Above and behind you as you enter, this is the oldest part of the castle, having been an Iberian fortification before being controlled and further fortified by the Carthaginians then Romans. Hannibal took the fortress, and sources say that his Spanish wife Imilce gave birth to the couple's son here. It's a strong bastion, with a Gothic entranceway, medieval battlements and some 20th-century refurbishment.
Ahead of you as you come in the entrance door, the Castillo Mayor is the main part of the castle and stretches away and upwards along the hilltop. It was first fortified by the Romans, who connected it to the Castillo Menor with walls. If you think it's big today, imagine what it must have looked like 300 years ago at full size. Sadly, it was badly damaged by an earthquake in 1748 and never really recovered.
Sala de los Borjas
One of the constructions of the last century, when the fortress was owned by a local paper magnate, this has rooms conserved from the period and, more interestingly, an exhibition on the famous Borja (Borgia) dynasty, particularly the popes. Nearby is another exhibition on castle life (no English) and three sturdy bronze cannons pointing at visitors climbing the principal stairway.
Capilla de Santa María
This pretty Gothic chapel – a 15th-century rebuild – is reached via the doorway of the same name in the upper castle. In its vaulted interior some wall paintings are slightly conserved. Sitting on four feet in the middle is the tomb of Jaime II, count of Urgel and pretender to the Aragonese throne, who died in the dungeon here in 1433.
The lockup where the count of Urgel died is one of the castle's most atmospheric spaces, a vaulted dungeon with thick walls and seemingly little hope of escape. Jaime was only one of a long line of nobles who found themselves detained here during what were turbulent centuries in Aragonese dynastic politics.
Torre de la Fe
Literally the high point of the castle, the Torre de la Fe offers stunning vistas on both sides and was the heart of the upper castle. From here, the spine of the ridge continues to a ruined watchtower.
- Castillo Menor
- Capilla de Santa María
- Torre de la Fe
- The castle is quite exposed to the sun, so take a hat and water. Drinks are available on site.
- If mobility is an issue, save your strength for the castle itself, which has lots of steps, and get a taxi or the tourist train to the entrance.
Take a Break
Sidebar: The Way Up
On your left on the way up is the 18th-century Ermita de San José and, to the right, the lovely Romanesque Iglesia de Sant Feliu (1269), Xàtiva’s oldest church. You’ll also pass by the very battered remains of part of the old Muslim town. Various signposted walks cover the castle hill and environs.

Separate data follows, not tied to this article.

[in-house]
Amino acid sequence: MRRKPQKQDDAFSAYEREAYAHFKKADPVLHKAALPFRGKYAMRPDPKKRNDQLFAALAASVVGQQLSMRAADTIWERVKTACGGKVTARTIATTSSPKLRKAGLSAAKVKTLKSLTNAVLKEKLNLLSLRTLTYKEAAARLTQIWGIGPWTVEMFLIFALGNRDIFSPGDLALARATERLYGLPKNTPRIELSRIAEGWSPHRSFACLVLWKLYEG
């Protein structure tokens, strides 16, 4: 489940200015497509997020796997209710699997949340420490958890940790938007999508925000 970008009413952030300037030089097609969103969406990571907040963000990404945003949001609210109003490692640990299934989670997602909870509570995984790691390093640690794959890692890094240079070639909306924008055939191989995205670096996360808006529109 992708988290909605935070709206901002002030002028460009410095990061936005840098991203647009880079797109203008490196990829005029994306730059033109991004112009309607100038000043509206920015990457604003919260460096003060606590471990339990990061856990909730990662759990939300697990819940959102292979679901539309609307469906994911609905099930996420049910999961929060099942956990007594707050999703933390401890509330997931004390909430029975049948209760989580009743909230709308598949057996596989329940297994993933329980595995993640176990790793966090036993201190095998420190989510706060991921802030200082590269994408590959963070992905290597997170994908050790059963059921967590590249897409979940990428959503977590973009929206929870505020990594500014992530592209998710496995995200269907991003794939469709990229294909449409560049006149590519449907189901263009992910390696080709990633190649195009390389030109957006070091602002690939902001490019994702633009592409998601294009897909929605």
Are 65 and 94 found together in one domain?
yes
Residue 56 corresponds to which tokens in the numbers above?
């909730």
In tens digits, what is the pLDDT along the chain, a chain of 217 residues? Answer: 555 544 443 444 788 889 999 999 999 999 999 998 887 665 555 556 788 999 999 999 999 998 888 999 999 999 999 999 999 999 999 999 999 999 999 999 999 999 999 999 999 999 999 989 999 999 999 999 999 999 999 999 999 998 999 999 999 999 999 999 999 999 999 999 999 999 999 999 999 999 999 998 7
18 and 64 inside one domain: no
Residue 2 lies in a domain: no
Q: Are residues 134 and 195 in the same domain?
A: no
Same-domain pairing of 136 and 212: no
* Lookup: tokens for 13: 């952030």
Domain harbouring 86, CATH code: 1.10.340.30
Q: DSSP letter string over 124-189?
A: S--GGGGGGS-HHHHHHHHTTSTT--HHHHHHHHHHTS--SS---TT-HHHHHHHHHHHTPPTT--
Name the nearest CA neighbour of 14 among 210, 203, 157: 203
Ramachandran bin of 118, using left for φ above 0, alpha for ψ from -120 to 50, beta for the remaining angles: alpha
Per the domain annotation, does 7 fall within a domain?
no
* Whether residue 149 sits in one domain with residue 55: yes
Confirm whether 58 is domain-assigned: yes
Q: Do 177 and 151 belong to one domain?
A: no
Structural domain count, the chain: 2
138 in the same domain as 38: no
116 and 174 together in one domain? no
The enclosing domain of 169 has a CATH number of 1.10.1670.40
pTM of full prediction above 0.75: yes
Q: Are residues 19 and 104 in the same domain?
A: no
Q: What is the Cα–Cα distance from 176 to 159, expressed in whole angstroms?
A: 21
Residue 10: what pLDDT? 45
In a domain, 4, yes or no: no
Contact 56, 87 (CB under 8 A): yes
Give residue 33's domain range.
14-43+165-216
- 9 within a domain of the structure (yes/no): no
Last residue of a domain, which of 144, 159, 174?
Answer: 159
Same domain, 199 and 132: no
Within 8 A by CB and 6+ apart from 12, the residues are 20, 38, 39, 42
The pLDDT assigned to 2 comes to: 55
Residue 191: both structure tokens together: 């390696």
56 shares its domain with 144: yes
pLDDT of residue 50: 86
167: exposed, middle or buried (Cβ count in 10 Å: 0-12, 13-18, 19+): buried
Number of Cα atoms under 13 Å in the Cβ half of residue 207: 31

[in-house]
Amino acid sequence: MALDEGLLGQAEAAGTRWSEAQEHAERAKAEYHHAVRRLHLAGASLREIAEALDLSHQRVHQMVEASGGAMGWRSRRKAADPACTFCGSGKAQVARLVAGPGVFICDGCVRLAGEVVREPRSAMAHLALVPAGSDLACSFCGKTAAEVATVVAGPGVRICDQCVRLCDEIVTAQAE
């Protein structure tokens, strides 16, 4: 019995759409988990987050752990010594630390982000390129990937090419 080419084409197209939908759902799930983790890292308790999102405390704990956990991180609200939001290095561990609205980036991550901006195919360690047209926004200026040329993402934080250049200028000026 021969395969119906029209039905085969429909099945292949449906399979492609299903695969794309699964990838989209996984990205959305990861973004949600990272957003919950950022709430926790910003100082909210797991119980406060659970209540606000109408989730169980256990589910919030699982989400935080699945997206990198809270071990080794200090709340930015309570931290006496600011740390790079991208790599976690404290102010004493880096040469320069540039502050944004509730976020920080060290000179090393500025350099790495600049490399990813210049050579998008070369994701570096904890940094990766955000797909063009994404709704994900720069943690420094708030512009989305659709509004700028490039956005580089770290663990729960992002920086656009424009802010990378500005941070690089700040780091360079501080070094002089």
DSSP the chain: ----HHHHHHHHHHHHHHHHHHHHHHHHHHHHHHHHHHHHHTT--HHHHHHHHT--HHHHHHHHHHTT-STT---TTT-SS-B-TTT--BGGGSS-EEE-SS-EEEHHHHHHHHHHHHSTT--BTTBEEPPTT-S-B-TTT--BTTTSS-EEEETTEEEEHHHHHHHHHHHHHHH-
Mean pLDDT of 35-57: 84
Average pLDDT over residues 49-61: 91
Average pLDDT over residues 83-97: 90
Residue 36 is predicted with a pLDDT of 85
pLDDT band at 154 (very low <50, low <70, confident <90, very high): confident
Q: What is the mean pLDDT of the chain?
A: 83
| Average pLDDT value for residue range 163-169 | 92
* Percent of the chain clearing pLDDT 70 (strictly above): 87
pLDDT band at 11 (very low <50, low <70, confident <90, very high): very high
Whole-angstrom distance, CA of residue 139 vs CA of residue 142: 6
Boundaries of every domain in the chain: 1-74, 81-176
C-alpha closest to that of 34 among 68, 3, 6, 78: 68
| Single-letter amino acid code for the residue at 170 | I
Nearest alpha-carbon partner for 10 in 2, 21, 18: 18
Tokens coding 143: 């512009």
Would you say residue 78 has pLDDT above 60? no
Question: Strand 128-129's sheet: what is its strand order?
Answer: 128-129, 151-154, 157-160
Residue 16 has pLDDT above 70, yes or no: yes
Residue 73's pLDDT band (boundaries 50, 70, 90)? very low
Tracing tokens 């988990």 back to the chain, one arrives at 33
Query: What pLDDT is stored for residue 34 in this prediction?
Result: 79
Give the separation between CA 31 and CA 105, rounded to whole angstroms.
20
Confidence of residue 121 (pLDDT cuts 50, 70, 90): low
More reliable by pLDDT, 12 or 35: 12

Sidebar: Tourist Train
Taxi is often the easiest approach to the castle if you don't fancy walking up, though a tourist train also trundles up the hill a couple of times a day from the tourist office.
Sagunto, 25km north of Valencia, offers spectacular panoramas over the coast, Balearics and orange groves from its hilltop castle.
The majestically located castle’s long stone walls girdle twin hilltops. Its history began with a thriving Iberian community called (infelicitously, with hindsight) Arse. In 219 BC Hannibal destroyed it, sparking the Second Punic War between Carthage and Rome. Rome won, named the town Saguntum and rebuilt it. The Moors gave the castle its current form; it was later embellished by the Christians and fought over in the Peninsular War.
In truth the fortress could do with a major facelift and is currently best for a stroll among the ruins, appreciating the magnificent vistas, rather than learning much history. Don't expect interpretative panels or audio guides, but there is an app you can download with some commentary.
You enter at the eastern hilltop, where the Roman town was located. Around the forum’s excavated ruins you can see the foundations of a Republican temple. From here the Puerta de Almenara leads to the fortified eastern compound.
The western hilltop was the location of Arse, but is covered by 18th-century fortifications. Between the two hilltops, the Museo de Epigrafía is a collection of engraved stones found on the site. Below the castle is an overzealously restored Roman theatre that hosts a worthwhile summer program of performances.
- Puerta de Almenara
- Museo de Epigrafía
- Western Bastion